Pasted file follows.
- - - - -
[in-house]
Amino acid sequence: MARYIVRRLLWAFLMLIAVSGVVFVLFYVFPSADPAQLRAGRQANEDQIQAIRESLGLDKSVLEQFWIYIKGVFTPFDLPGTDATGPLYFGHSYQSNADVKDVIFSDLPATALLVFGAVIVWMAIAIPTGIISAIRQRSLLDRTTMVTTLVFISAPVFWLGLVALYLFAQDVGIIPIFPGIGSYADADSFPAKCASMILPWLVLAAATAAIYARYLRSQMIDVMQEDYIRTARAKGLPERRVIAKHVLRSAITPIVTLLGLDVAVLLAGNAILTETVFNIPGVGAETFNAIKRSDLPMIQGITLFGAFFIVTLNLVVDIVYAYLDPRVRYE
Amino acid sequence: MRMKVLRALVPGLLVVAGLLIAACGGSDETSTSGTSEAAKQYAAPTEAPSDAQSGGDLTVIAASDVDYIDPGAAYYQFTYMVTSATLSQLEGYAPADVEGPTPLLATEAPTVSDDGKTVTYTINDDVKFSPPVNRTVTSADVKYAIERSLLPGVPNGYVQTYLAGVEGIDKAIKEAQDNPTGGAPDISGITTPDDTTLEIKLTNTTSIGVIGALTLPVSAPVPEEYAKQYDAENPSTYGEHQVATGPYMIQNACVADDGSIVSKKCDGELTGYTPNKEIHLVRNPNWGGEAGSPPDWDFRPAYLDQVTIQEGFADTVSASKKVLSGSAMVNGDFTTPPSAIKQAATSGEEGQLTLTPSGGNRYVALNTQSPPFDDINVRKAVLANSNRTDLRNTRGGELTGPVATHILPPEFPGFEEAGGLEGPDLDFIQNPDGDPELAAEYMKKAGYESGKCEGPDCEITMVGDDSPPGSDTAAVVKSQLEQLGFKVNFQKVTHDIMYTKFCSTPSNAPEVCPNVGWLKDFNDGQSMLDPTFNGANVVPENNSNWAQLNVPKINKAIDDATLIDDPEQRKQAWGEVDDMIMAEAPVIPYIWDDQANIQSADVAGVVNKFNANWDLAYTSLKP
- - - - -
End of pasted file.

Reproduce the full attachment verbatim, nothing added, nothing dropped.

[in-house]
Amino acid sequence: MARYIVRRLLWAFLMLIAVSGVVFVLFYVFPSADPAQLRAGRQANEDQIQAIRESLGLDKSVLEQFWIYIKGVFTPFDLPGTDATGPLYFGHSYQSNADVKDVIFSDLPATALLVFGAVIVWMAIAIPTGIISAIRQRSLLDRTTMVTTLVFISAPVFWLGLVALYLFAQDVGIIPIFPGIGSYADADSFPAKCASMILPWLVLAAATAAIYARYLRSQMIDVMQEDYIRTARAKGLPERRVIAKHVLRSAITPIVTLLGLDVAVLLAGNAILTETVFNIPGVGAETFNAIKRSDLPMIQGITLFGAFFIVTLNLVVDIVYAYLDPRVRYE
Amino acid sequence: MRMKVLRALVPGLLVVAGLLIAACGGSDETSTSGTSEAAKQYAAPTEAPSDAQSGGDLTVIAASDVDYIDPGAAYYQFTYMVTSATLSQLEGYAPADVEGPTPLLATEAPTVSDDGKTVTYTINDDVKFSPPVNRTVTSADVKYAIERSLLPGVPNGYVQTYLAGVEGIDKAIKEAQDNPTGGAPDISGITTPDDTTLEIKLTNTTSIGVIGALTLPVSAPVPEEYAKQYDAENPSTYGEHQVATGPYMIQNACVADDGSIVSKKCDGELTGYTPNKEIHLVRNPNWGGEAGSPPDWDFRPAYLDQVTIQEGFADTVSASKKVLSGSAMVNGDFTTPPSAIKQAATSGEEGQLTLTPSGGNRYVALNTQSPPFDDINVRKAVLANSNRTDLRNTRGGELTGPVATHILPPEFPGFEEAGGLEGPDLDFIQNPDGDPELAAEYMKKAGYESGKCEGPDCEITMVGDDSPPGSDTAAVVKSQLEQLGFKVNFQKVTHDIMYTKFCSTPSNAPEVCPNVGWLKDFNDGQSMLDPTFNGANVVPENNSNWAQLNVPKINKAIDDATLIDDPEQRKQAWGEVDDMIMAEAPVIPYIWDDQANIQSADVAGVVNKFNANWDLAYTSLKP